On the subject of rules for brand names.
For readers of this blog it comes as no surprise that I am a big fan of Ries and Trout’s book Positioning. And since then a continued fan with The Fall of Advertising and The 22 Immutable Laws of Branding. They articulate thoughts that just make sense; logically, psychologically and sociologically.
Working in the tech sector and also being a fan of Moore’s Crossing the Chasm I view brand names very much as a sociological pattern. The mavens,
even if your biggest fans, must be able to COMMUNICATE that knowledge
to the early majority. It is YOUR job to give them a strong brand name
The Law of the Proper Name (pg 148)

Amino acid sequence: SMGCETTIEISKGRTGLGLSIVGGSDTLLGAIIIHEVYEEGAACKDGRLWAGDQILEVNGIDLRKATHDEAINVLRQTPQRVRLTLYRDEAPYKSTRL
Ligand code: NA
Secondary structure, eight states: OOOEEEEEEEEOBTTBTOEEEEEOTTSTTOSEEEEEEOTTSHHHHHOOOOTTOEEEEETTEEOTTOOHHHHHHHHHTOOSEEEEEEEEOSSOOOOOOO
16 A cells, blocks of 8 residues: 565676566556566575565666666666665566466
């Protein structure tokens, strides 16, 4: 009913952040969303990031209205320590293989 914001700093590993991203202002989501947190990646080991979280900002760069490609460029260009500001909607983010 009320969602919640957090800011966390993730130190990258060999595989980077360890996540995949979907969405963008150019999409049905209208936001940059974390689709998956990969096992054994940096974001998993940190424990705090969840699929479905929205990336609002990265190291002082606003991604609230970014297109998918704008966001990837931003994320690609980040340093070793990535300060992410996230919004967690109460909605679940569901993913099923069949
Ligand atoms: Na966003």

- The name should be short
- The name should be simple
- The name should suggest the category (flickr?)
- The name should be unique
- The name should be alliterative
- The name should be speakable
- The name should be shocking
- The name should be personalized
hurts me when I see friends use bad brand names. Not my job to prevent
the world from using irrelevant 10 syllable Russian sounding
cryptographs on the basis of "Hey, IBM uses an acronym!", but if you
must, you must. If however you have a choice, I am going to strongly
suggest you follow Ries’ Law of the Proper Name.
We did, which is why I love our brand name for Tendenci which one of our artists at the time, Randy Sarinas, came up with. Now if only we had a better positioning statement for Tendenci, but that is another blog post.